# Maths - Category Theory - Adjunctions

An adjunction is a looser relationship between structures than isomorphism or equivalence. As with isomorphism and equivalence an adjunction applies to a pair of functors, F and G.

On the previous page about equivalence we looked at equivalence as an isomorphism upto isomorphism:

 Isomorphism axioms 1C GF FG 1D

We could look at adjunctions as a further weakening so that, instead of 2 isomorphisms of mappings we just have 2 mappings of mappings (natural transformations):

 Adjunction natural transformations: note: these are not the axioms. unit: μ : 1c => GF co-unit: ξ : FG => 1d Adjunction axioms: F FGF GFG G

This can intuitively make sense, for instance, if G looses information (is forgetful) then we may be able to choose a F such that: applying FG after G looses no more information than we have already lost doing G once. So going round the loop looses no more information than we have already lost.

The topic of adjunctions is a very powerful concept but can be difficult to understand, it might therefore help to approach the subject from different directions. We give two definitions and show that they are the same.

### Natural Transformations

My interpretation of these natural transformations would be:

 FG => 1d For every F there is one or more G that makes FG map to identity. 1c => GF For every F there is one or more G that makes GF a valid mapping (not necessarily identity). 1C= GF For every F there is a G that makes FG map to identity.

## Definition 1 An adjunction is given by a pair of functors, F and G (see diagram above) equipped with natural transformations unit: μ : 1c =>GF co-unit: ξ : FG => 1d such that the diagrams on the left (known as the triangle identities) commutes. We can look at this in terms of the components. At first it may appear that we cannot use natural transformations because the arrows between C and D go in opposite directions and therefore the domains and codomains are not the same. However we can rearrange the diagram so that a natural transformation goes between 1 and GF and another one goes between FG and 1. This (perhaps over-complicated) diagram is trying to represent the natuality squares of the two natural transformations and how they all link together..

For adjunctions there is a arrow in both directions between the two objects. It is not necessary that GF and FG are the identity elements but only that they have natural transformations to/from the identity elements.

FG is unit (does not change object - injective followed by surjective) but GF does change object (surjective followed by injective). Like equivalence but in one direction.

The above diagrams can also be represented as 2-cells: ## Definition 2

In this approach we are still using isomorphisms between morphisms but in an apparently different way that turns out to be the same.

We have an isomorphism between a morphism in C and a morphism in D. Until now, to compare morphisms, we have used natural transformations. But natural transformations can only compare morphisms with the same domain and codomain here the morphisms, being compared, are not even in the same category.

This comparison is called a 'natural isomorphism' as follows:

We have arrows in C which are isomorphic to arrows in D. Shown here as red arrows.  An adjunction is given by a natural isomorphism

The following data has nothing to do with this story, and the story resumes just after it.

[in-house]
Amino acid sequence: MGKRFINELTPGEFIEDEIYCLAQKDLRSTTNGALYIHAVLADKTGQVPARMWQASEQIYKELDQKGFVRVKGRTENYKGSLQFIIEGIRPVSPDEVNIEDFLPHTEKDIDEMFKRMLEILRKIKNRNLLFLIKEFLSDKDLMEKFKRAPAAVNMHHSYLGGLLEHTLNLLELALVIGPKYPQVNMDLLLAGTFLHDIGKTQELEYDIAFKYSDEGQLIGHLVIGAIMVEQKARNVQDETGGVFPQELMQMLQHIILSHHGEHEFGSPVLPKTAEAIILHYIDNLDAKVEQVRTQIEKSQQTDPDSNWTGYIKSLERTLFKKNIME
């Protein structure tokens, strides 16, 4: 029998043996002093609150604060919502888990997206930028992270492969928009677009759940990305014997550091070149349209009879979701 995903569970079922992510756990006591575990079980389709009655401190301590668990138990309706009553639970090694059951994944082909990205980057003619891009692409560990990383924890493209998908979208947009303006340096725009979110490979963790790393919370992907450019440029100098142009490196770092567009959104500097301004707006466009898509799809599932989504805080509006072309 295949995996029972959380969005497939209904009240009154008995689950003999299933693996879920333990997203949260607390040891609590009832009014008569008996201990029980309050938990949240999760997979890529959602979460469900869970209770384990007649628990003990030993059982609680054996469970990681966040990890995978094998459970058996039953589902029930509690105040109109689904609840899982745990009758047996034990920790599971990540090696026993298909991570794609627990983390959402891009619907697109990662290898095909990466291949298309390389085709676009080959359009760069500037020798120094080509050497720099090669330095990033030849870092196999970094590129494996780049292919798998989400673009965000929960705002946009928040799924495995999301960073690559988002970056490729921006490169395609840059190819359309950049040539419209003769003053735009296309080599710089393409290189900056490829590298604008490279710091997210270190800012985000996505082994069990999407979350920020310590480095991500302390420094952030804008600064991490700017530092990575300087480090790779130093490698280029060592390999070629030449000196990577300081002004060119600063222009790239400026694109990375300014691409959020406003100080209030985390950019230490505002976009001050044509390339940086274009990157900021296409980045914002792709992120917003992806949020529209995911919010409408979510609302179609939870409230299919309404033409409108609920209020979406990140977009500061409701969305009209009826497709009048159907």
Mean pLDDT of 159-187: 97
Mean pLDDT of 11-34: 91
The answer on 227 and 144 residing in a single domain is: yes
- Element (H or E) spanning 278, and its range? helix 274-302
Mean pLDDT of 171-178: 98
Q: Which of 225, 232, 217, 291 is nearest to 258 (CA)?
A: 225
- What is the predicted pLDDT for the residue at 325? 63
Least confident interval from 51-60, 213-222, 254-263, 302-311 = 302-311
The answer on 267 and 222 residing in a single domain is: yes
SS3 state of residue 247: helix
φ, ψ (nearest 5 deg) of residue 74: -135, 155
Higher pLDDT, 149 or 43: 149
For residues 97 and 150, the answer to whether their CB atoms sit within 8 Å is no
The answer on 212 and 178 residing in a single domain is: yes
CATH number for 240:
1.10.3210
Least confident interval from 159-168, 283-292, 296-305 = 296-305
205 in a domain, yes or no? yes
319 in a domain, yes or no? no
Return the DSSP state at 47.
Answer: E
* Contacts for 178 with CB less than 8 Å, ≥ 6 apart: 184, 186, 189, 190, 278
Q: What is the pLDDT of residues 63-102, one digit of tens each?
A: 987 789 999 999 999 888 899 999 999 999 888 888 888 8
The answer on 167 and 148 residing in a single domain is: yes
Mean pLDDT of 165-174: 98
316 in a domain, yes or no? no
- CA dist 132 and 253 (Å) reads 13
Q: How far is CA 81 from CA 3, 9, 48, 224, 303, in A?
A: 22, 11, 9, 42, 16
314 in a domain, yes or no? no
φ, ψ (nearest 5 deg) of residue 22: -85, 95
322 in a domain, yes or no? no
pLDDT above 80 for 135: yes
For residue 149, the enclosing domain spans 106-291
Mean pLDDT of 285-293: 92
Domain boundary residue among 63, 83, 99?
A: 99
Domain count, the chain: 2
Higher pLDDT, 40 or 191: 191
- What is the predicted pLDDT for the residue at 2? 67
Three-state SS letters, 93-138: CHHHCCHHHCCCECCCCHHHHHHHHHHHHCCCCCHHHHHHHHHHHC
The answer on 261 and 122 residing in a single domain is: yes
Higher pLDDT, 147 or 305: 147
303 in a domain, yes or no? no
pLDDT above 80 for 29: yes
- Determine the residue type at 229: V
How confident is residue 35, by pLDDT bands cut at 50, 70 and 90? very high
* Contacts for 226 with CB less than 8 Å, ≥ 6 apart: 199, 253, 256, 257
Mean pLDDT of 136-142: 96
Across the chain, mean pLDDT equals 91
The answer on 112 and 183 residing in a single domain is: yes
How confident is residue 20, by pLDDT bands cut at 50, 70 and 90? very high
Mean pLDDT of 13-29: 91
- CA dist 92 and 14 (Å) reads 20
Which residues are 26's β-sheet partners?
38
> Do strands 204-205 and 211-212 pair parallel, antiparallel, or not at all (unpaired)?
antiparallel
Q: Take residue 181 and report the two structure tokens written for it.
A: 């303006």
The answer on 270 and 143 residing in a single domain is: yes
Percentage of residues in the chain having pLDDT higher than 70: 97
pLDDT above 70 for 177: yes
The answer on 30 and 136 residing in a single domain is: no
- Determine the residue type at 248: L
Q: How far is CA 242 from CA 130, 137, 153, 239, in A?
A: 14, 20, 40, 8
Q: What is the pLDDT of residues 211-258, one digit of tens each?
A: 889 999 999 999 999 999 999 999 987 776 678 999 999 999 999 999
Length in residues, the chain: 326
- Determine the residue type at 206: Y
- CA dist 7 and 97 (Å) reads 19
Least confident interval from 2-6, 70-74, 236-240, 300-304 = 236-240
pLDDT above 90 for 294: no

morphisms in D morphisms in C    φ: D( F x , y ) → C( x , G y )
for every x C and y D
which is naturally isomorphic in both x and y

What are the functors that are naturally isomorphic?

Cop→ set

 D(F _,y) x D(F x,y)

Cop→ set

 C(_,G y) x C(x,G y)

D→ set

 D(F x,_) y D(F x,y)

D→ set

 C(x,G _) y C(x,G y)

So the naturality square in x is: We precompose with F f to get: fx -> fx' -> y

 Every adjunction gives rise to a monad. Every monad gives rise to many adjunctions   ### As String Diagrams

String diagrams are the Poincaré dual of the usual category theoretic diagrams, they can be useful for 2-categories such as adjunctions. (more about string diagrams on this page).

Category Diagram String Diagram
We start with a diagram like this (F is left adjoint to G) and add 2 natural transformations below (η and ξ) with the following axioms. We take this diagram: between functors and put it in a diagram with the objects. The string diagram has the identity functor omitted as explained above. Also, for simplicity, ξ is not shown in a circle.   And again for η.   Now for the triangle equalities. In the string diagram it just looks like we can pull the line straight.   The other triangle equality  ## Examples

existential ,sum Σ weakening

weakening universal , product Π
equality contraction
truth comprehension or subset types
equality comprehension
quotients equality ### Links to More Detailed Examples

Category of graphs described on page here.

 Between reflexive graph and set. In reflexive graph: every node has loop to itself.   Between irreflexive graph and set. In irreflexive graph: every node does not have loop to itself.
 Between dynamical system graph and set. In dynamical system graph: every node has one outgoing arrow.  Different dynamical system graph and set. This time the morphism to set defines the fixpoints.

The basis on a vector space

The free group on a set

G G / [G,G] commutator subgroup

universal enveloping algebra of a Lie algebra

completion of a metric space

Other Sites

### Other Pages on this site

• Category of graphs described on page here.
• Implementing Graphs in FriCas program is discussed on page here.
• Implementing Posets in FriCas program is discussed on page here.

Where I can, I have put links to Amazon for books that are relevant to the subject, click on the appropriate country flag to get more details of the book or to buy it from them.      Conceptual Mathematics - This is a book about category theory that does not assume an extensive knowledge over a wide area of mathematics. The style of the book is a bit quirky though.